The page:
5. Economic development is the foundation for realizing the right to development.

To improve mankind’s living standard is the primary objective in the realization of the right to development. The purpose of any effort made, and various policies implemented for the realization of the right to development must be to, among other things, constantly improve the well-being of all people; protect the civil, political, economic, social, and cultural rights of its own people; ensure the equality of opportunity for all in their access to basic resources, education, health services, food, housing, employment and the fair distribution of income; ensure equality of men and women; and eliminate social injustice. The right to development further covers other economic, social, and cultural rights such as the right to work; the right to enjoy fair and reasonable employment conditions; the right to enjoy a high standard of physical and mental health; the right to profit from scientific, trade, technological and economic progress; and the right to use fiscal resources, make population policies and protect the environment for the economic and social development, etc.7  The realization of all these rights is based on economic development.

II. The Proposal of the 2030 Agenda for Sustainable Development

On September 25, 2015, the United Nations Sustainable Development Summit adopted an outcome document reached by 193 member states, that is, the 2030 Agenda for Sustainable Development. This programmatic document covers 17 goals of sustainable development and 169 targets, and was officially implemented on January 1, 2016. The 17 goals of sustainable development include: ending poverty in all its forms everywhere; ending hunger, achieving food security and improved nutrition and promoting sustainable agriculture; ensuring healthy lives and promoting well-being for all at all ages; ensuring inclusive and equitable quality education and promoting lifelong learning opportunities for all; achieving gender equality and empowering all women and girls; ensuring availability and sustainable management of water and sanitation for all; ensuring access to affordable, reliable, sustainable and modern energy for all; promoting sustained, inclusive and sustainable economic growth, full and productive employment and decent work for all; building resilient infrastructure, promoting inclusive and sustainable industrialization and fostering innovation; reducing inequality within and among countries; making cities and human settlements inclusive, safe, resilient and sustainable; ensuring sustainable consumption and production patterns; taking urgent action to combat climate change and its impacts; conserving and sustainably using the oceans, seas and marine resources for sustainable development; protecting, restoring and promoting sustainable use of terrestrial ecosystems, sustainably managing forests, combatting desertification, and halting and reversing land degradation and halting biodiversity loss; promoting peaceful and inclusive societies for sustainable development, providing access to justice for all and building effective, accountable and inclusive institutions at all levels; strengthening the means of implementation and revitalizing the global partnership for sustainable development.8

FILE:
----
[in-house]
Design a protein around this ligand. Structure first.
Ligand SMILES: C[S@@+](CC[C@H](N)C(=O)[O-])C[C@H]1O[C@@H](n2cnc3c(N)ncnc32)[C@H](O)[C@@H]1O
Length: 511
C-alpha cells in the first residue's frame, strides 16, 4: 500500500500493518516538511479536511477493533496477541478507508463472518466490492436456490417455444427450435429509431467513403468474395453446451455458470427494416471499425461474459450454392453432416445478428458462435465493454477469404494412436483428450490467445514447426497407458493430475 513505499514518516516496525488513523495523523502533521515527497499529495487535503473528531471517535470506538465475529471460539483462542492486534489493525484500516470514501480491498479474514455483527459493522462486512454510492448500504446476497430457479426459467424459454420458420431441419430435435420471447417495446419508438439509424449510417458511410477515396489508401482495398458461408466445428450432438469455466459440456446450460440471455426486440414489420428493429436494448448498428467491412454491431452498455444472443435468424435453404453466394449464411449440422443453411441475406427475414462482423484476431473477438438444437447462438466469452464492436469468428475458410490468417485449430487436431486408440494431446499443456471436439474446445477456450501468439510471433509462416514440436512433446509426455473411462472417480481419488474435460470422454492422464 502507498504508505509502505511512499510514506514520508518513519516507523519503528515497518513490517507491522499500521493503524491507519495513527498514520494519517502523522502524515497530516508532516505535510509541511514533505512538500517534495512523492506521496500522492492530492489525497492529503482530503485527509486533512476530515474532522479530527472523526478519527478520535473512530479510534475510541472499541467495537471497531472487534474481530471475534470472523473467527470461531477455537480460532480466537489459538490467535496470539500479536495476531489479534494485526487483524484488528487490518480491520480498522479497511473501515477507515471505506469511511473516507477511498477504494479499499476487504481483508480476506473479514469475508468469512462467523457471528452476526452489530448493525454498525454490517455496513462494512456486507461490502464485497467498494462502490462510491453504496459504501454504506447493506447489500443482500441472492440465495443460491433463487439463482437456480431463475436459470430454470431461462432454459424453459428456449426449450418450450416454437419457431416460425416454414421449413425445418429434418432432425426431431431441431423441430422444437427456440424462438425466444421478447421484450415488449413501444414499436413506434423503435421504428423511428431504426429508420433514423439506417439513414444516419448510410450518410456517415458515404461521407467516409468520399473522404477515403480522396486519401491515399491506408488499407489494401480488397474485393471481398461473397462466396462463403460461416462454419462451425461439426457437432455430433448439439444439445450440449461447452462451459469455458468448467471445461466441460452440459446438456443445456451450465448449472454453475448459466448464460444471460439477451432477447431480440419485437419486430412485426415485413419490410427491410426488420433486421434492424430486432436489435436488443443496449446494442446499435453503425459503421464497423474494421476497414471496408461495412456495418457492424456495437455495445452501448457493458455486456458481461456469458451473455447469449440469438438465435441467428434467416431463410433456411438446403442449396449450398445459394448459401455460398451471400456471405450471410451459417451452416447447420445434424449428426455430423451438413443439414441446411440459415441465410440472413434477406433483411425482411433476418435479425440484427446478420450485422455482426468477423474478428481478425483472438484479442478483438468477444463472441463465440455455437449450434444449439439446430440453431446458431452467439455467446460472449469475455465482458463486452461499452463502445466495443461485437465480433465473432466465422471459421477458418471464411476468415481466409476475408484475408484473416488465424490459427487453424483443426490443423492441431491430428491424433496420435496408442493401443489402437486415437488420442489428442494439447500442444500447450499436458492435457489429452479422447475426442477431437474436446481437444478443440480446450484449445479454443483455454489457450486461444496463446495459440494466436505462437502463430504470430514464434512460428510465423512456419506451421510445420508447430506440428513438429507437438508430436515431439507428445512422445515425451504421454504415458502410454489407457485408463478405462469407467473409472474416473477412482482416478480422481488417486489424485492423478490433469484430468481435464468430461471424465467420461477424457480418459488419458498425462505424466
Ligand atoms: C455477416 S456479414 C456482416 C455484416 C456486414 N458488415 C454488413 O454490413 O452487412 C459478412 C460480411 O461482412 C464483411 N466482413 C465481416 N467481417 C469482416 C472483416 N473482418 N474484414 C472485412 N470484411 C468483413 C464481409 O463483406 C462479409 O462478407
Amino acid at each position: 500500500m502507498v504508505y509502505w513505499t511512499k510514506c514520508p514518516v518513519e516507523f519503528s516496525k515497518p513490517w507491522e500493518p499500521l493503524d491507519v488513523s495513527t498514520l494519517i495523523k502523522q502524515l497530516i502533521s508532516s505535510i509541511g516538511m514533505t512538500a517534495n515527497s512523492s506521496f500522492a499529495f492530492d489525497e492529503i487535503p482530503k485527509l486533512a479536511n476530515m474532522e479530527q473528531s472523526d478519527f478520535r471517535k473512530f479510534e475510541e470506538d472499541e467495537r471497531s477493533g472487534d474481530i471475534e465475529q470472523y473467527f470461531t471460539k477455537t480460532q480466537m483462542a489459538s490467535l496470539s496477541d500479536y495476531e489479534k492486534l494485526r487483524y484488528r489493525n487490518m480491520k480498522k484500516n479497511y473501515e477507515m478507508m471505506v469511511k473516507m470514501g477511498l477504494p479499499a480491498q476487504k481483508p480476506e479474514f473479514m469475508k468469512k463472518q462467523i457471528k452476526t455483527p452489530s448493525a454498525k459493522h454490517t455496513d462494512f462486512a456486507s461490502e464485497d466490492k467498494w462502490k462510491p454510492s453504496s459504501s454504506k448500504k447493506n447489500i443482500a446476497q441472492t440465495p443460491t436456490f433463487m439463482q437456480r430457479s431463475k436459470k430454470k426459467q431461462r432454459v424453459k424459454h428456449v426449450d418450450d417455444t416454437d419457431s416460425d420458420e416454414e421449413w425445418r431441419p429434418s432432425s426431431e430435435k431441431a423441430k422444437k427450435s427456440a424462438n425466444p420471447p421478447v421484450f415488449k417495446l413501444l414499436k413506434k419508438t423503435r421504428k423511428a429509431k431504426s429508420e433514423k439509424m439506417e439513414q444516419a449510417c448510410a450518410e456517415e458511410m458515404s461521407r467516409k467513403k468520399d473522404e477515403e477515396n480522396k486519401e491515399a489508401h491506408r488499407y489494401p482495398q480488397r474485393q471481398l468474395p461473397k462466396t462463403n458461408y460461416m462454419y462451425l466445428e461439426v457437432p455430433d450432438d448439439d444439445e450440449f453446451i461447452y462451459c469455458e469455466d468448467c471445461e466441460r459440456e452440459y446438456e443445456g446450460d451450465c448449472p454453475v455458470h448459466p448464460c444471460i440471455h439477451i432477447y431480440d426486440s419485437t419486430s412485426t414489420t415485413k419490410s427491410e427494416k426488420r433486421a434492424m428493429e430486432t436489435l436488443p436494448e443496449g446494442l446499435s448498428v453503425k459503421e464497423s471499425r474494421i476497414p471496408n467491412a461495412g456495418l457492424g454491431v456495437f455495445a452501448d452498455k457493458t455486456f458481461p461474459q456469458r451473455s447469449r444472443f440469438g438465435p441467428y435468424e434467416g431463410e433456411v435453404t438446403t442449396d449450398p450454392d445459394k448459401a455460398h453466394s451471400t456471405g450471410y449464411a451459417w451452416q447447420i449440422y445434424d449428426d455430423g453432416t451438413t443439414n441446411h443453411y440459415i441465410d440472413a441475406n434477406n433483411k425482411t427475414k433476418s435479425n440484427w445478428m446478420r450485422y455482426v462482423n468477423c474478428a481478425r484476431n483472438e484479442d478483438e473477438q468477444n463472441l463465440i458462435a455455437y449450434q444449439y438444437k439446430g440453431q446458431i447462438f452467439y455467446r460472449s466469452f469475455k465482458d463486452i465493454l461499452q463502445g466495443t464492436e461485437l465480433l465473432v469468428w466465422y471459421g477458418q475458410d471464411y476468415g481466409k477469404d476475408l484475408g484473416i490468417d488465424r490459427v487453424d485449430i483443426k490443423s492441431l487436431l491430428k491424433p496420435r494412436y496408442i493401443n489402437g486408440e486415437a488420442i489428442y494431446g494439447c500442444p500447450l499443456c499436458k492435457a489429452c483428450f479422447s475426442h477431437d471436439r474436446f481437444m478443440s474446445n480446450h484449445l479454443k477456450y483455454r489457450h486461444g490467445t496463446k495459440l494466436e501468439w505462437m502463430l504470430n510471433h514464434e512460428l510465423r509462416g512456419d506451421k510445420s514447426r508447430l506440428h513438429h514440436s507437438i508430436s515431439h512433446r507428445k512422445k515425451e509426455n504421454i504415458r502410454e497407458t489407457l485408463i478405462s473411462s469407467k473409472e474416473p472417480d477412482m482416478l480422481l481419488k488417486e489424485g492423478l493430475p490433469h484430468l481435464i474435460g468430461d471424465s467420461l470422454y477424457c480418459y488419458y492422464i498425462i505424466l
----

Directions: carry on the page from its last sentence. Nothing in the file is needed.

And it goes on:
From the above goals, we can see two main characteristics: first, universality, stressing the comprehensive development of mankind; second, sustainability, stressing the sustainable development of mankind.

III. The 2030 Agenda for Sustainable Development Sets Action Targets for Realizing the Right to Development in the New Era

From the goals of the 2030 Agenda for Sustainable Development, we can see that it is highly consistent with the realization of the right to development in many aspects. Therefore, it may be deemed as setting action targets for the realization of the right to development in the new era, since:

1. The goals of the 2030 Agenda for Sustainable Development are completely the same with those of the right to development.

The right to development requires that “every human person and all peoples are entitled to participate in, contribute to, and enjoy economic, social, cultural and political development, in which all human rights and fundamental freedoms can be fully realized”.  9The 17 goals of sustainable development and 169 targets in the 2030 Agenda for Sustainable Development in fact set out the details of the requirement of the right to development. The two have the same goals.

2. The contents of the 2030 Agenda for Sustainable Development are highly consistent with those of the right to development.

“The right to development is an inalienable human right and that equality of opportunity for development is a prerogative both of nations and of individuals who make up nations.” 10 Therefore, equality of opportunity is a core element of the right to development. The 2030 Agenda for Sustainable Development also stresses the equality of opportunity for development. For example, its requirements are: ending poverty in all its forms everywhere, and everyone having the equal opportunity to eliminate poverty; promoting well-being for all at all ages; promoting lifelong learning opportunities for all; achieving gender equality; ensuring availability and sustainable management of water and sanitation for all; ensuring access to affordable, reliable, sustainable and modern energy for all; reducing inequality within and among countries. The purpose of equal opportunity is reflected in all these goals.